transfusion

In emergency situations, patients are given universal blood transfusions until their blood type is identified. However, this greatly decreases the supply of universal blood for individuals with rare blood types. A new study published in The Lancet Hematology assessed the risks of having a transfusion reaction after receiving an incompatible blood type.

 

When a red blood cell (RBC) transfusion is to occur, there are two important blood group systems that clinicians must consider. The first is the ABO blood group system which is based on the presence or absence of two antigens on the surface of RBCs. Individuals with type A blood have the A antigen on their RBCs and B antibody in their plasma. The opposite is true for individuals with type B blood. Therefore, an individual with type A blood cannot receive type B blood, as their type B antibodies will recognize the type B antigen in the blood and attack the transfused RBCs. Individuals with AB blood have both A and B antigens and can receive either type of blood. Lastly, individuals with type O blood have neither type A nor B antigens but have both antibodies; thus, they can only receive type O blood, but can donate to any other blood group.

In addition to A and B antigens, there is a third antigen called the Rh factor. Individuals either have Rh factor (Rh+) or do not (Rh-). Individuals who are Rh+ can receive either type of blood, while those who are Rh- can only receive other Rh- blood. Taken together, individuals with blood group O Rh- are true universal donors because their RBCs will not induce hemolytic transfusion reactions due to incompatibility in anyone.

In emergency situations when patients are experiencing substantial bleeding, they are typically transfused with type O Rh- blood until their blood group has been determined. However, only 6-8% of the blood donor population have the blood group O Rh-. Additionally, approximately 85% of individuals are Rh+. Therefore, the universal use of O Rh- blood in emergency situations leads to a very high consumption of O Rh- blood and consequently increases the risk of blood shortages.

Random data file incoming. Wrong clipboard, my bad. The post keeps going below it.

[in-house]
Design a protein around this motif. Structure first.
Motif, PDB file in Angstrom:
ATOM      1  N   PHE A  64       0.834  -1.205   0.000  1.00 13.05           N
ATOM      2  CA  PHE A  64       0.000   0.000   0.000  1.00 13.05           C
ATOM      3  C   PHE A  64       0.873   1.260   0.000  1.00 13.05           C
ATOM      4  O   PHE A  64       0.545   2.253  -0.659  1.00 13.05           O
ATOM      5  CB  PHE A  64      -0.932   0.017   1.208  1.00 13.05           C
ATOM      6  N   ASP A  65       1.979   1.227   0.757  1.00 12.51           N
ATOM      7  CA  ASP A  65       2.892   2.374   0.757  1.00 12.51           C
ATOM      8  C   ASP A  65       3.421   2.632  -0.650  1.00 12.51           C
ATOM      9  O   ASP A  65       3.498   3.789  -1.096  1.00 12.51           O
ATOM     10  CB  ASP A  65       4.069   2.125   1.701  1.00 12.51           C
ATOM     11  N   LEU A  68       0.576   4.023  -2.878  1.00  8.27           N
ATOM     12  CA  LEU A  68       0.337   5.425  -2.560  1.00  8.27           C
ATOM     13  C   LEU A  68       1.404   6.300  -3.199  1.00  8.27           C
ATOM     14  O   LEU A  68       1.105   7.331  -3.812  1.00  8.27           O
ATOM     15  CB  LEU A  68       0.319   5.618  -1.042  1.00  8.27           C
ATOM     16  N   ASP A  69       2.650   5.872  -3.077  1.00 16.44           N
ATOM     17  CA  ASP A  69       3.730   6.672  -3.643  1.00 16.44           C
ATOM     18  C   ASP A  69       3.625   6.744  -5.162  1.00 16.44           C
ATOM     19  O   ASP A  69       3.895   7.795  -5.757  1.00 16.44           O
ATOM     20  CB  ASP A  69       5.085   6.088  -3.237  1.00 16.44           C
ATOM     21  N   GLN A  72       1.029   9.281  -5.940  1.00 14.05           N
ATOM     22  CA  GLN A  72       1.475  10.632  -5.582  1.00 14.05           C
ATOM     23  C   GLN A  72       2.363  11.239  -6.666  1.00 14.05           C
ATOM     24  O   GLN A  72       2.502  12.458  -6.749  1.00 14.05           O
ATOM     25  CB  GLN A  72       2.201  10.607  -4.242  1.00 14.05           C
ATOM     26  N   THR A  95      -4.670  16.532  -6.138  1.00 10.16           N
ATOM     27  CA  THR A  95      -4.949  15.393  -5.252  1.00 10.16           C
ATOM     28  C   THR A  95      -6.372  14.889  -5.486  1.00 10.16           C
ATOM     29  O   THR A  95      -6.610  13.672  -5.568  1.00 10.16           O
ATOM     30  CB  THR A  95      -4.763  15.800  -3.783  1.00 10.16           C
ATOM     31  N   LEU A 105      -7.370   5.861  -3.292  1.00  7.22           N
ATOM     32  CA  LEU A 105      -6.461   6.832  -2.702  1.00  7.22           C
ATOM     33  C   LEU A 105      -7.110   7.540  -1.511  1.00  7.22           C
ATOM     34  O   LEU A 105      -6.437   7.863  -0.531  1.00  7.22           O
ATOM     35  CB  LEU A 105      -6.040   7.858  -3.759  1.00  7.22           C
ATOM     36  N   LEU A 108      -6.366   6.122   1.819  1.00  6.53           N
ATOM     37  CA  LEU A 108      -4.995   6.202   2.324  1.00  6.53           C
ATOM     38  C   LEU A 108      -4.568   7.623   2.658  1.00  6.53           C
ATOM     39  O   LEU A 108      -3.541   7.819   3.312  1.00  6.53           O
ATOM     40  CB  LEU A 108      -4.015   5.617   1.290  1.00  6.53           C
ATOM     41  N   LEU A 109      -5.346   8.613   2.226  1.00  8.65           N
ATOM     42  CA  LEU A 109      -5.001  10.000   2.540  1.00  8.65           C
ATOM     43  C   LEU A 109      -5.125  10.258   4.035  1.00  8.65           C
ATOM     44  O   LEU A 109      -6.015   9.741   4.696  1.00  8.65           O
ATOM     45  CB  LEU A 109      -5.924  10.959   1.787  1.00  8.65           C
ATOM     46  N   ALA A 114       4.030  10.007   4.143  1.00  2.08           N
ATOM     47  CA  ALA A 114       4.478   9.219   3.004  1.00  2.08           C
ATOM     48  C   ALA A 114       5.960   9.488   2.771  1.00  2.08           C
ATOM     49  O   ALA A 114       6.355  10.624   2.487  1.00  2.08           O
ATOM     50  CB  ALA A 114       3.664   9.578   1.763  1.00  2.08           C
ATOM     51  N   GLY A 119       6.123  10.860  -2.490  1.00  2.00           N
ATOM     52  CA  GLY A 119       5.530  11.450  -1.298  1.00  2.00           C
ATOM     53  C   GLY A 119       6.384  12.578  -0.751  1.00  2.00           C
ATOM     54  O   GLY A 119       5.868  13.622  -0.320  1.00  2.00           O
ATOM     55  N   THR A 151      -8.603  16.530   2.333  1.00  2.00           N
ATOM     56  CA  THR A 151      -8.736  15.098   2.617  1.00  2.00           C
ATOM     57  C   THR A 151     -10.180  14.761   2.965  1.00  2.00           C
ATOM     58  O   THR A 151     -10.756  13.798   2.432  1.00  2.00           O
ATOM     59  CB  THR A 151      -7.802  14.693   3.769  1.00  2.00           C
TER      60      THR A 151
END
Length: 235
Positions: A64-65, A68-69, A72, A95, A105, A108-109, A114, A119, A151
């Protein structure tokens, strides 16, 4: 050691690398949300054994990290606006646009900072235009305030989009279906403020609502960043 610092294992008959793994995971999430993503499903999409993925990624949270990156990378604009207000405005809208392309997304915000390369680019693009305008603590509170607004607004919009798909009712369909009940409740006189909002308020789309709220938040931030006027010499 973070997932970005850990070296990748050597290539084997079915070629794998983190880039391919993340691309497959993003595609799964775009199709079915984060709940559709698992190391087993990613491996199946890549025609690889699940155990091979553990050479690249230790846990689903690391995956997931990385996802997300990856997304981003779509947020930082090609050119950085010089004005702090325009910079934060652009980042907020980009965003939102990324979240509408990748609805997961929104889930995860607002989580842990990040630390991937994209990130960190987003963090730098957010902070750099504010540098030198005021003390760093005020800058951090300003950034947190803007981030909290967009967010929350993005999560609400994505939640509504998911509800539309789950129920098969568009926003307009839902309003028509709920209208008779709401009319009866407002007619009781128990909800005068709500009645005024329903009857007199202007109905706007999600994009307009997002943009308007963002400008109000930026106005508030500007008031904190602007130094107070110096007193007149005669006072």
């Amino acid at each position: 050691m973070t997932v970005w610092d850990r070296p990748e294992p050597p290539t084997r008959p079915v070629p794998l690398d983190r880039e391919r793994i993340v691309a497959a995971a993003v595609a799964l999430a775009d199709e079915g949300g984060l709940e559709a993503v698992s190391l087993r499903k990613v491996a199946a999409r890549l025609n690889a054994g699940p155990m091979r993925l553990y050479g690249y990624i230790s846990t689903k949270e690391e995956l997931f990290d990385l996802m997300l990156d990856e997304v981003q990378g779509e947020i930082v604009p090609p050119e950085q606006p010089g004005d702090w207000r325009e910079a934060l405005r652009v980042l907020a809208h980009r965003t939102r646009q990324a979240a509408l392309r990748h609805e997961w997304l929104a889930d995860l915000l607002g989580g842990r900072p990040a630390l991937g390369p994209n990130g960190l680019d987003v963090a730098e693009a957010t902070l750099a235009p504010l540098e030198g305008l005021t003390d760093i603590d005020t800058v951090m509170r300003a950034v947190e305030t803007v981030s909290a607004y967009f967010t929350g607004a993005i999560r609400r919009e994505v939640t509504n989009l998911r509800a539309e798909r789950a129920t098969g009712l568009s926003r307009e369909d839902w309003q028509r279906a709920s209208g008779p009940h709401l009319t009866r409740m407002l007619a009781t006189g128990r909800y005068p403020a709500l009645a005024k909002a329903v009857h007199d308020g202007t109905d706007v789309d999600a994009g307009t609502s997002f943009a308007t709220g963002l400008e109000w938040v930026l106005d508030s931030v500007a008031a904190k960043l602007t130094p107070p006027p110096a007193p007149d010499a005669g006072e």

Importantly, if an Rh-patient is transfused with Rh+ blood, there is the risk for the formation of anti-D antibody against Rh+ between 3-12 weeks following transfusion. This is particularly concerning in girls and women of childbearing age as immunization against Rh+ can result in severe hemolytic disease in the fetus during subsequent pregnancies. In some major trauma centers, type O Rh+ blood is given to males in emergency situations. In addition, during Rh- blood shortages, Rh+ blood must be given to patients.

A new study published in The Lancet Haemotology conducted a single-center observational study between 2001 and 2015. In this study, researchers assessed emergency room patients who were Rh- and received Rh+ blood during transfusions, either due to unknown status or shortages in type O Rh- blood. These patients were followed up with for up to 12 months to assess anti-D alloantibody formation.

Out of 437 emergency-room patients with initially-unknown blood types, 85 (20%) were Rh- and received a transfusion with Rh+ blood. The study found that the overall risk of inducing anti-D antibodies in all patients regardless of Rh status was 4%. Strikingly, an additional 110 known Rh-  patients received Rh+ blood transfusions during type O Rh- blood shortages. From this group of patients, 26% developed anti-D immunization.

This study had two major findings. First, transfusion emergency patients with an unknown blood type receiving Rh+ blood transfusions had a low risk of inducing anti-D antibodies, but doing so saves more than 10% of total type O Rh- blood for those who require it. This is likely because only 15-20% of the population is Rh- so the risk of developing anti-D immunization are lower for the overall population. However, for patients who were known Rh- and received Rh+ blood, 26% had a hemolytic transfusion response and developed anti-D antibodies. This demonstrates the great need to establish better methods to conserve Rh- blood for individuals who need it.

Possible strategies include only giving Rh- blood to individuals of unknown blood type if they are women of child-bearing age or younger, as there are major risks associated with anti-D antibody development for women during future pregnancies. Additionally, programs can be implemented to test individuals for their blood types and have this information accessible on a health card or other form of identification. This could greatly decrease the overconsumption of type O Rh-blood and ensure individuals are receiving the correct type of blood in emergencies.

 

Written By: Neeti Vashi, BSc


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